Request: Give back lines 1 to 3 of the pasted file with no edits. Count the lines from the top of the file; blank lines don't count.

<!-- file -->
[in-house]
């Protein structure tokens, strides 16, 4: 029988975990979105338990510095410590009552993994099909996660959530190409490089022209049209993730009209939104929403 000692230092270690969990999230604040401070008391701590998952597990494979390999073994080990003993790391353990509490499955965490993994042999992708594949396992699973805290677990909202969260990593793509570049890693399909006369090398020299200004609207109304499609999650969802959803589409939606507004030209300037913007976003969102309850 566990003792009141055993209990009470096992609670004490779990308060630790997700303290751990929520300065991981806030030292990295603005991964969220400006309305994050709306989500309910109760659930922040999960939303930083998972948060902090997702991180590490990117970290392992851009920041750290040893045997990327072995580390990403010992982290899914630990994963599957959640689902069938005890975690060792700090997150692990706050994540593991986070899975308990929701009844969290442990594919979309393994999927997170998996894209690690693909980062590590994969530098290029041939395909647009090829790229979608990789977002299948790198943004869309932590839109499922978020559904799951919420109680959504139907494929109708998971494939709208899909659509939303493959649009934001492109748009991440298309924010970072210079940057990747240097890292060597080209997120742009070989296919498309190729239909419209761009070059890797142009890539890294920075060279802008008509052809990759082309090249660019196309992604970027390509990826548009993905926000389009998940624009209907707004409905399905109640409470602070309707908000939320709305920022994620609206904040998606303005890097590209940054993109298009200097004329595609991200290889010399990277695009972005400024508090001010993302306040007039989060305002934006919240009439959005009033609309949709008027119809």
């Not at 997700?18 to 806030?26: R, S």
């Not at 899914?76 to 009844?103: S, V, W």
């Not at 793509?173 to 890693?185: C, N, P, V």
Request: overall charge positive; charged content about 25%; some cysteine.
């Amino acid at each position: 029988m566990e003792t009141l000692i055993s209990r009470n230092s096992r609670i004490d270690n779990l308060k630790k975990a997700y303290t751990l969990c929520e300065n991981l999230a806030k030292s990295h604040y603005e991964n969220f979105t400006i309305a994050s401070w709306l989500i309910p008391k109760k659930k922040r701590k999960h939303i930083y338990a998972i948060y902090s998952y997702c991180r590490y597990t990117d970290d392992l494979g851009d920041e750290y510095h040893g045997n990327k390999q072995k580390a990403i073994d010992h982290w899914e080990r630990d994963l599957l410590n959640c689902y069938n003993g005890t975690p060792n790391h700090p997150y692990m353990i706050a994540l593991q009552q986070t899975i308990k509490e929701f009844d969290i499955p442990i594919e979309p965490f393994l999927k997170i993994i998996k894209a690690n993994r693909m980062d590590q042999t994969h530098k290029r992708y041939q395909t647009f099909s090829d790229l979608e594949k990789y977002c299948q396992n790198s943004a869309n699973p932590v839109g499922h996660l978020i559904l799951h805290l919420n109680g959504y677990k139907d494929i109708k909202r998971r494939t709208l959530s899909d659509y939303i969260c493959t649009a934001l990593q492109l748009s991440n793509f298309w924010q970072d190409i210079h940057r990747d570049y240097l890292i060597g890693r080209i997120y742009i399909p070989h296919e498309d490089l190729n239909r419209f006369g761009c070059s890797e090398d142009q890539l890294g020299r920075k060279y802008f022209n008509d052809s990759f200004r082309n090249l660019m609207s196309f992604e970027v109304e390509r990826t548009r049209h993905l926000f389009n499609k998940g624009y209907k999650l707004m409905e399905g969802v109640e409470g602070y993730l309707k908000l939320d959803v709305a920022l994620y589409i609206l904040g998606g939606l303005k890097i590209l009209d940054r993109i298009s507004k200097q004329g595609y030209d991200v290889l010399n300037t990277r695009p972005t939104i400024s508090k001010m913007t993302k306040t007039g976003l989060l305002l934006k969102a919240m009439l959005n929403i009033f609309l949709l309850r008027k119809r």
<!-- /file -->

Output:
[in-house]
């Protein structure tokens, strides 16, 4: 029988975990979105338990510095410590009552993994099909996660959530190409490089022209049209993730009209939104929403 000692230092270690969990999230604040401070008391701590998952597990494979390999073994080990003993790391353990509490499955965490993994042999992708594949396992699973805290677990909202969260990593793509570049890693399909006369090398020299200004609207109304499609999650969802959803589409939606507004030209300037913007976003969102309850 566990003792009141055993209990009470096992609670004490779990308060630790997700303290751990929520300065991981806030030292990295603005991964969220400006309305994050709306989500309910109760659930922040999960939303930083998972948060902090997702991180590490990117970290392992851009920041750290040893045997990327072995580390990403010992982290899914630990994963599957959640689902069938005890975690060792700090997150692990706050994540593991986070899975308990929701009844969290442990594919979309393994999927997170998996894209690690693909980062590590994969530098290029041939395909647009090829790229979608990789977002299948790198943004869309932590839109499922978020559904799951919420109680959504139907494929109708998971494939709208899909659509939303493959649009934001492109748009991440298309924010970072210079940057990747240097890292060597080209997120742009070989296919498309190729239909419209761009070059890797142009890539890294920075060279802008008509052809990759082309090249660019196309992604970027390509990826548009993905926000389009998940624009209907707004409905399905109640409470602070309707908000939320709305920022994620609206904040998606303005890097590209940054993109298009200097004329595609991200290889010399990277695009972005400024508090001010993302306040007039989060305002934006919240009439959005009033609309949709008027119809």
């Not at 997700?18 to 806030?26: R, S």